We then got to eat lunch at the factory in their little house/restaurant overlooking the valley it was beautiful and the ravioli and lemon cake were amazing. I also got to try a very popular summer dish of melon and prosciutto. I didn’t particularly care for it (I’m not a melon fan) but what an interesting combo!
To top off the day we went back to Modena were we visited a balsamic vinegar farm. Not a factory a family owned adorable farm that has been making DOCG balsamic vinegar four 100 years. This tour was a family affair and as the most wonderful Italian women in a bright red dress with matching bright red lipstick and her jet black hair told us all about their vinegar it was around 97 degrees and very sunny and I dint even care. First off I wasn’t aware that balsamic vinegar was made from grapes (I had never really thought to far into it I guess) they had their own vineyard right there on their property and the vinegar process f boiling and pressing room right in their back yard. They age their vinegars for either 10 years, 17 years, 25 years, or 35 years. Each having a very different flavor (nothing like the U.S) the older the vinegar gets the more carmely it gets. For all 4 vinegars it is the consistency of molasses, and you are supposedly able to tell the age of the vinegar by how much it gets caught in your through and how much you feel it in your nose. Balsamic vinegar (similar to olive oils and wines) is a senses tasting process. We got ot taste all the vinegars and go on the grand tour. After we looked in the processing room we went into the vinegar house. The perfect condition for vinegar is in the attic because it gets every extreme of every season. Hot and humid, hot and dry, chilly and so on. It being super-hot the house was HOT and as we went higher in the attic is turned into a sauna. The first floor up held their most recent batch of balsamic, all sitting in cute little barrels (most small some medium sized) and they had special cotton clothes cover the hole to let the balsamic still breathe which is a important part of the process. We then went back outside for lunch. The family made a homemade spread of all different kinds of foods and desserts (we were told it was a “small lunch” no, we were totally spoiled) then the father of the farm started chatting with about 15 of us and asked if we wanted to see the really old balsamic they had in their attic he goes “it very hot but worth it” and we were all in. We went up to the “sauna” and went into the first room it had lines of barrels like the other room and the wall were lines with all kinds of cooking pans and utensils. Then we went into the next room and it had photos of their family all over and then one wall of pictures of their son. In their room there was only three lines of balsamic. Going to find out that it was their lines of balsamic vinegars they started when their son was born the next line was the balsamic started when his mother was born and the third line was the balsamic the husband and wife started when they got married. The last room also had pictures on the wall other than being blasted hot it was the vinegar that has aged the longest. The father goes into the corner and pulls of this super tiny little barrel and starts dipping spoons into it and obviously I was like “oh yay” he hands it to me and goes “100 year”. I tasted the first batch of balsamic vinegar the farm made!!! MY MIDN WAS BLOWN SO I KEPT THE SPOON. (again sorry for the lack of pictures i was really in the moment here)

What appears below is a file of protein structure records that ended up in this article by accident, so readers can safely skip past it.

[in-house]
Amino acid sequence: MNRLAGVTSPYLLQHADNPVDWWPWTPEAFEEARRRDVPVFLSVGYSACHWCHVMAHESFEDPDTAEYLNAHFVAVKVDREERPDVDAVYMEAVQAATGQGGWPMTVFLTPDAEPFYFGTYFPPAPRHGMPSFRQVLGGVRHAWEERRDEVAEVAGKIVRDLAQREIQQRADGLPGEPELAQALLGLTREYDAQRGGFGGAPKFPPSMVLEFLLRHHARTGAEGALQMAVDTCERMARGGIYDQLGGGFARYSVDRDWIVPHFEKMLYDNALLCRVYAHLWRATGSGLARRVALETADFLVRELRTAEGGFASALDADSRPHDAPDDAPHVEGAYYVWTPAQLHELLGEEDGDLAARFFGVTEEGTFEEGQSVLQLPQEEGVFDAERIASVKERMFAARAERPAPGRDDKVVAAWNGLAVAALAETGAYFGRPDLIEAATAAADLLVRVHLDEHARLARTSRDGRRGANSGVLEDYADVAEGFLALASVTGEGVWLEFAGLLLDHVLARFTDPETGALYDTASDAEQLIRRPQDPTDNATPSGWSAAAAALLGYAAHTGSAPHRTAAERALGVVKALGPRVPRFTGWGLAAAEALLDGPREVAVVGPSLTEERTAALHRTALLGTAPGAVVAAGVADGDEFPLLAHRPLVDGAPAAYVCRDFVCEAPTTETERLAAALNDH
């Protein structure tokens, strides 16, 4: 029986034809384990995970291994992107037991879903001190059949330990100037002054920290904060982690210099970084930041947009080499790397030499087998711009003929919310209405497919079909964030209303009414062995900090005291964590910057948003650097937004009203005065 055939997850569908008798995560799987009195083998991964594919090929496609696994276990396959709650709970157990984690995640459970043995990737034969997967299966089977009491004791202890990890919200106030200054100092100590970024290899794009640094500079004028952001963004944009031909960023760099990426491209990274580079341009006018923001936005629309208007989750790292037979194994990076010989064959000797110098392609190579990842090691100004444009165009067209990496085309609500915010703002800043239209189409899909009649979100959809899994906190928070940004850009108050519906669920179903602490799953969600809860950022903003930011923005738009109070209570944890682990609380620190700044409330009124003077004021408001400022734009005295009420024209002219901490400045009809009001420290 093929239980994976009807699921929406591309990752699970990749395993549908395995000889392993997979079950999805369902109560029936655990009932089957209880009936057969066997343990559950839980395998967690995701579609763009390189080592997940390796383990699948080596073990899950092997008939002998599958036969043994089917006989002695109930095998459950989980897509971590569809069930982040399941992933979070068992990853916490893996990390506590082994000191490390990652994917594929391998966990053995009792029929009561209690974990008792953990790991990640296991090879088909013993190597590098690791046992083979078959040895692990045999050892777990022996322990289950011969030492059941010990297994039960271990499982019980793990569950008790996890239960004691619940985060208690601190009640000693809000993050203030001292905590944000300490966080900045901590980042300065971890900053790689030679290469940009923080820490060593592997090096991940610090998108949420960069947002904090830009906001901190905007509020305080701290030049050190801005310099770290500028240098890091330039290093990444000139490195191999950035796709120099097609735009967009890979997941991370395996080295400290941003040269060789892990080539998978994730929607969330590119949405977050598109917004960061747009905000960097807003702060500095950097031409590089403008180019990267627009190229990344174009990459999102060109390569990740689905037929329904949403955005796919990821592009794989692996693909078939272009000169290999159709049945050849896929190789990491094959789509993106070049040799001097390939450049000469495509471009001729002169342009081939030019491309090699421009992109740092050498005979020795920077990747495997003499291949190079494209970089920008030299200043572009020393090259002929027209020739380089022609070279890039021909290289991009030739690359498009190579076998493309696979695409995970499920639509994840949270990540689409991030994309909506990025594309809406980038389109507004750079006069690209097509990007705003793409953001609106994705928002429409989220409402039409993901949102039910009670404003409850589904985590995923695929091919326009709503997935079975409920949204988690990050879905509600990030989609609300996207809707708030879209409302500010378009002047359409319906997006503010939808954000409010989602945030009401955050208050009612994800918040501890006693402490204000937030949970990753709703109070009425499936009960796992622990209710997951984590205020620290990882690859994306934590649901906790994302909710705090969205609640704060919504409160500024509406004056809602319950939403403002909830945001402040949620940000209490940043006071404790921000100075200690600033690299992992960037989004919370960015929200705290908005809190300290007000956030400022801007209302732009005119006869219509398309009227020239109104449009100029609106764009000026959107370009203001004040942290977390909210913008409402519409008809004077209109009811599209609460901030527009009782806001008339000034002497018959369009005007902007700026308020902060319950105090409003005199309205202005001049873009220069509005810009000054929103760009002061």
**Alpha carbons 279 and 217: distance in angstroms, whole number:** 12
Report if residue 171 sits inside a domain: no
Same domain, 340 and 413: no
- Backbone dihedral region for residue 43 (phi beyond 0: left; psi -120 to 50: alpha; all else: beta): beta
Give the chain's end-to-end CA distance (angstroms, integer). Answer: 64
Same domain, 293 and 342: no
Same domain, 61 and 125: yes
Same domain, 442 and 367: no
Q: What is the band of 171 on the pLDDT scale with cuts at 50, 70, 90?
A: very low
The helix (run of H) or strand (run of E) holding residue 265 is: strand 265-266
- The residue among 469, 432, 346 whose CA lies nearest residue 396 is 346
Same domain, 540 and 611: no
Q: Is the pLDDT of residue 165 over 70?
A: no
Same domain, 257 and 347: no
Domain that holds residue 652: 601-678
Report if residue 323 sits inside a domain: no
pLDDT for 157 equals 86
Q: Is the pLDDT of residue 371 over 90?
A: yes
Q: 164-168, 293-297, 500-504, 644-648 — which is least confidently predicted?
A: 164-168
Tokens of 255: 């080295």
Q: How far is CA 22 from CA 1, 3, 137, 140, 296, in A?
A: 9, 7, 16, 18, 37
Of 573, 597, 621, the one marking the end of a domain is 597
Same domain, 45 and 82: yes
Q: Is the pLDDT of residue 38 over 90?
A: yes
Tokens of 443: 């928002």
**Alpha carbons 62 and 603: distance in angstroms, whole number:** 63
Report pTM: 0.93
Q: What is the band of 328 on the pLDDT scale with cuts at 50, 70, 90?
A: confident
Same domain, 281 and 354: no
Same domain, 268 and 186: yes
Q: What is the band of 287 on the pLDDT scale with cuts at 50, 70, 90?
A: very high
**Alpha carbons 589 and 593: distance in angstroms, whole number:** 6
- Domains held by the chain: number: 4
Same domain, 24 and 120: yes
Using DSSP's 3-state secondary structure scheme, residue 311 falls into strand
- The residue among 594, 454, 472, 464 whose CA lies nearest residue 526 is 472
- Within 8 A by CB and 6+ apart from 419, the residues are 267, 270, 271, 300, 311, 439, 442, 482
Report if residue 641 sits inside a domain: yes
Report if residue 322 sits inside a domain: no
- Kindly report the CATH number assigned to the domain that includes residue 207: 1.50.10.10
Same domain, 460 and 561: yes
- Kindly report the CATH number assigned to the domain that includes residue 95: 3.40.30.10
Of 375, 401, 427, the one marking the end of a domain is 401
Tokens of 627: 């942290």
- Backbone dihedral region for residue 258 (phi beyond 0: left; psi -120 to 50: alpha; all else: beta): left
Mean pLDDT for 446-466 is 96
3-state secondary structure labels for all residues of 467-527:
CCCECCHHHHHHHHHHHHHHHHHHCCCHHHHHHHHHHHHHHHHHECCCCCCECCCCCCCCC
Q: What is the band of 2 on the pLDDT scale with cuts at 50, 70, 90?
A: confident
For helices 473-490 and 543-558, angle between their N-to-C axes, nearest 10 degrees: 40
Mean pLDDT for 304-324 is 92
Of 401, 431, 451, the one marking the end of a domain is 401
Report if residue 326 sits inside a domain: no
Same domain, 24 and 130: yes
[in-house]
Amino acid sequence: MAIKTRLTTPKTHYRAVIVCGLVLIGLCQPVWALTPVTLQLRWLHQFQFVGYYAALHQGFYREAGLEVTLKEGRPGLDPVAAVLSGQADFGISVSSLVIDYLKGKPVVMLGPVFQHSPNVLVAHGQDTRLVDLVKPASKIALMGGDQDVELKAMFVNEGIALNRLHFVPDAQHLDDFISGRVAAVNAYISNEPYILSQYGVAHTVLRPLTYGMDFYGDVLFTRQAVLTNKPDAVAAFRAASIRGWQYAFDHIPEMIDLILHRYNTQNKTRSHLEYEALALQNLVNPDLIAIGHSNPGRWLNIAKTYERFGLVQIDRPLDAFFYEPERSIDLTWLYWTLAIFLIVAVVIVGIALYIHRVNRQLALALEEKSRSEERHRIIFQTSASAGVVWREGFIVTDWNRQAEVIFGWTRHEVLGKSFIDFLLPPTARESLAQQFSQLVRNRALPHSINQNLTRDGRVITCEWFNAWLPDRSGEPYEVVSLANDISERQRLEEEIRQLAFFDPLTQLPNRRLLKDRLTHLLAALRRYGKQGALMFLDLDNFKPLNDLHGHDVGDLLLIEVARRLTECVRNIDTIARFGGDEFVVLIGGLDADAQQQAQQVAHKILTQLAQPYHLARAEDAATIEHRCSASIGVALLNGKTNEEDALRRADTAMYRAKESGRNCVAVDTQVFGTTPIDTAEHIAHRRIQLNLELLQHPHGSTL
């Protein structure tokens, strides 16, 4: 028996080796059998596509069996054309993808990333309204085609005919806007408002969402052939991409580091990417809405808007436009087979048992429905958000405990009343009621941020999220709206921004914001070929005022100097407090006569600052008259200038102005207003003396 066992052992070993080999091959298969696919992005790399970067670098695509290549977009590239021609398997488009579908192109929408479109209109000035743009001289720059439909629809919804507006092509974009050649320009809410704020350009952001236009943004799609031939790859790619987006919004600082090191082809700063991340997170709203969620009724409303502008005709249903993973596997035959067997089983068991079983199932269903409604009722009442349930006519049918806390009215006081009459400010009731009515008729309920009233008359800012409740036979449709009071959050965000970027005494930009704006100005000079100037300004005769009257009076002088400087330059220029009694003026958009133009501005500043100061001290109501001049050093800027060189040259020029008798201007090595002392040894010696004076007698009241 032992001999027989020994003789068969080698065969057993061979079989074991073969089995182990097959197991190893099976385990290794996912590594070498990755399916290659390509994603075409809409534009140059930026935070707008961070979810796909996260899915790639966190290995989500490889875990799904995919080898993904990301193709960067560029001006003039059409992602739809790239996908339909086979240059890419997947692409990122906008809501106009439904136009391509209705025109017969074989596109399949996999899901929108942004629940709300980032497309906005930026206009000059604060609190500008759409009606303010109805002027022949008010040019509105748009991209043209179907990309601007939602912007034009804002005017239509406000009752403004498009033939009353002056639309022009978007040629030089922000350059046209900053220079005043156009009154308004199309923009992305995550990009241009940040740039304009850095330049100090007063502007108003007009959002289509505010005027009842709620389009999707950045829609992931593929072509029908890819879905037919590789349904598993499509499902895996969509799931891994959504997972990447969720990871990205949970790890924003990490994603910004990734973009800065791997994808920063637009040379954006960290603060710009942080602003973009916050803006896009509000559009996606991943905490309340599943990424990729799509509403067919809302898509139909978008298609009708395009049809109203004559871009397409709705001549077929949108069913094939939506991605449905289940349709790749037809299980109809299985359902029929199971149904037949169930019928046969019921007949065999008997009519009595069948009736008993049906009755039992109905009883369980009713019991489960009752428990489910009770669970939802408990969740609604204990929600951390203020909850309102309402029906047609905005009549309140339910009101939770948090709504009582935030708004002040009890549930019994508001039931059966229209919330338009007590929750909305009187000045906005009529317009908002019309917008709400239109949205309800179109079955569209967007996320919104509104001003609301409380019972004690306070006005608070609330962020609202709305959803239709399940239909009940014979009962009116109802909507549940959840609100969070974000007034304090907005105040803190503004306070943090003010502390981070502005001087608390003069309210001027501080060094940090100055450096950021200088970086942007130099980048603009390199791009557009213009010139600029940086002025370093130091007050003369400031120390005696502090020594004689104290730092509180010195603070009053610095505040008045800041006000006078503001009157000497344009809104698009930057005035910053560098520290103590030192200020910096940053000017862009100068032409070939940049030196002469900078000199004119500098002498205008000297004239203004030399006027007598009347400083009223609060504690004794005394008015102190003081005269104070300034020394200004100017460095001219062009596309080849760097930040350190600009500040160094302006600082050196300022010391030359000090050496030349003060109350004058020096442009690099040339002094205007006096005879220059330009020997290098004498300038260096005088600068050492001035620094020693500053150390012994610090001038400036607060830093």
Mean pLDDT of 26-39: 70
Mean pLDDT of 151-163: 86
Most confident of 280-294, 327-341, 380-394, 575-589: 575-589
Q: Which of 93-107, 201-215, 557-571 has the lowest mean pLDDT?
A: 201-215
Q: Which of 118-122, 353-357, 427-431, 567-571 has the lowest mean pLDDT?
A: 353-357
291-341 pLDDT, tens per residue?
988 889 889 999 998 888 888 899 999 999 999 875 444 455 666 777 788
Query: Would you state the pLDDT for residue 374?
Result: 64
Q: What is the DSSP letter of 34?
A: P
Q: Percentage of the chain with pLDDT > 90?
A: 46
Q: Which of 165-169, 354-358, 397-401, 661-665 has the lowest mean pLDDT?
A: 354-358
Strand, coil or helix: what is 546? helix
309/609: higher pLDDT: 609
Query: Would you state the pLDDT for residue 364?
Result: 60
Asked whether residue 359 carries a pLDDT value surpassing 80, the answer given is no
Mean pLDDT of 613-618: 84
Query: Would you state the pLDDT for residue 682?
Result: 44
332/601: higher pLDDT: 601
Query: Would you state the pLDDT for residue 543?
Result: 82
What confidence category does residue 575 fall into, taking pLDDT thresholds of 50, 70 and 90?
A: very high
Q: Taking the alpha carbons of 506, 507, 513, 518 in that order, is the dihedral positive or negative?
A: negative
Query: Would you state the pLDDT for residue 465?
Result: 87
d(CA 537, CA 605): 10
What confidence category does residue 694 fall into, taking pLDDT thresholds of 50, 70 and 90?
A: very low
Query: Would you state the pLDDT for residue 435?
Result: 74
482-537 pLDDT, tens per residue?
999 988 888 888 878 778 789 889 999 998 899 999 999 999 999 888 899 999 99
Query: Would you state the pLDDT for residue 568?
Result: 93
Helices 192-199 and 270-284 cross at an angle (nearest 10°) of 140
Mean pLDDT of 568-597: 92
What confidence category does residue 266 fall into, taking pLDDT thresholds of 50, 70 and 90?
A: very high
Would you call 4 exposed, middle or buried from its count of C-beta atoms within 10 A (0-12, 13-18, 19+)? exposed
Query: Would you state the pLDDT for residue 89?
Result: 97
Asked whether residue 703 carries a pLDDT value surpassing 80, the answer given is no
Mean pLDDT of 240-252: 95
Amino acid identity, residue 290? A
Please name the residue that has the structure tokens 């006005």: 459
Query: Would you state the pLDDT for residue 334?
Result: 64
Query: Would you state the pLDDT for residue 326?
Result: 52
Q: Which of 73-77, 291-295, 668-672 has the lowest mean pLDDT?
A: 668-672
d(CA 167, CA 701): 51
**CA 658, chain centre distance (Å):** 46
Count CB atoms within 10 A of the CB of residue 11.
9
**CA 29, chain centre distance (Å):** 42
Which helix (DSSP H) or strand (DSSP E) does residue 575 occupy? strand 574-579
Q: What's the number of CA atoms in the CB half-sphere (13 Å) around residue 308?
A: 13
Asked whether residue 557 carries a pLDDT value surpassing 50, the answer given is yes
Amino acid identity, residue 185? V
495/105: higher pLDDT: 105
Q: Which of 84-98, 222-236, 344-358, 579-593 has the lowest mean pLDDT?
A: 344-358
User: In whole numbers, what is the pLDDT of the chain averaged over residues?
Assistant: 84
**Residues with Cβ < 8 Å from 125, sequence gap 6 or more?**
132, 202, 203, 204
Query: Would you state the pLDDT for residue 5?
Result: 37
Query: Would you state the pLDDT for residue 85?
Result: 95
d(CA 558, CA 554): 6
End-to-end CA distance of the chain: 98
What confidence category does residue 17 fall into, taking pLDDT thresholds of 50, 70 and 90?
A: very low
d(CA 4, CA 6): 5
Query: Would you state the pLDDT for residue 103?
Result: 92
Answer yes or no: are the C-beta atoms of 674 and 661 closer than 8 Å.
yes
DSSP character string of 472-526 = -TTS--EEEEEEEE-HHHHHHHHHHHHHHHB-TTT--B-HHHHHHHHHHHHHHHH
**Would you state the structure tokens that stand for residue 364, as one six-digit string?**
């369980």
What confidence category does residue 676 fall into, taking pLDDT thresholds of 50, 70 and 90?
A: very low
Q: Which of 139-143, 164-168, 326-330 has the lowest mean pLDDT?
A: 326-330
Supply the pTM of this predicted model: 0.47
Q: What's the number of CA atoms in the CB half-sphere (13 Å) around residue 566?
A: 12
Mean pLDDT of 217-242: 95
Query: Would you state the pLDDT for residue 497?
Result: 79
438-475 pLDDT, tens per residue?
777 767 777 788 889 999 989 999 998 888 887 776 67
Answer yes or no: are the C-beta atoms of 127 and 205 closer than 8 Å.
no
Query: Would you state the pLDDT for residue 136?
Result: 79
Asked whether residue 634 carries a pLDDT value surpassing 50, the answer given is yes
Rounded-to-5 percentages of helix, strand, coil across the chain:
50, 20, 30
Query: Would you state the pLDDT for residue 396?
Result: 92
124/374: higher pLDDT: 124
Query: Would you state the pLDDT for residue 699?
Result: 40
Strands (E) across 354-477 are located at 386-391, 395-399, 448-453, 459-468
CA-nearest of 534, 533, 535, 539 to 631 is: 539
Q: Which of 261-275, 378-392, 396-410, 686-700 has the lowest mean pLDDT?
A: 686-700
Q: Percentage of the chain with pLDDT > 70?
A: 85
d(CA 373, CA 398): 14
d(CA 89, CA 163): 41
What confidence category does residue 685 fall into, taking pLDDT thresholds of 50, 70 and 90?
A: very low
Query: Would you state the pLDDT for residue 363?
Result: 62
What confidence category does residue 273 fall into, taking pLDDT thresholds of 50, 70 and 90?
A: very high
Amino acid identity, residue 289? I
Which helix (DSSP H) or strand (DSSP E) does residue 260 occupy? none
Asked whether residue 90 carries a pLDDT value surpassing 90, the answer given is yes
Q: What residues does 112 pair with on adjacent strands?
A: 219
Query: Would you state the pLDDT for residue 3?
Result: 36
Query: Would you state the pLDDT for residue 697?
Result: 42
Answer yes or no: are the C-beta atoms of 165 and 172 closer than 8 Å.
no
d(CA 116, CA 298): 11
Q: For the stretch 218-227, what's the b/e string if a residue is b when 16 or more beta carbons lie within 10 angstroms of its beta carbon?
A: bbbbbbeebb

Needless to say that day I learned a ton! Even though on the way we got trapped in a tunnel after a truck driver hit the inside of the tunnel ahead of us leaving us on the bus an hour longer, being hot, and exhausted from walking so much of Florence it was the day I was soooooo ready to learn all about this wonderful place called Italy!!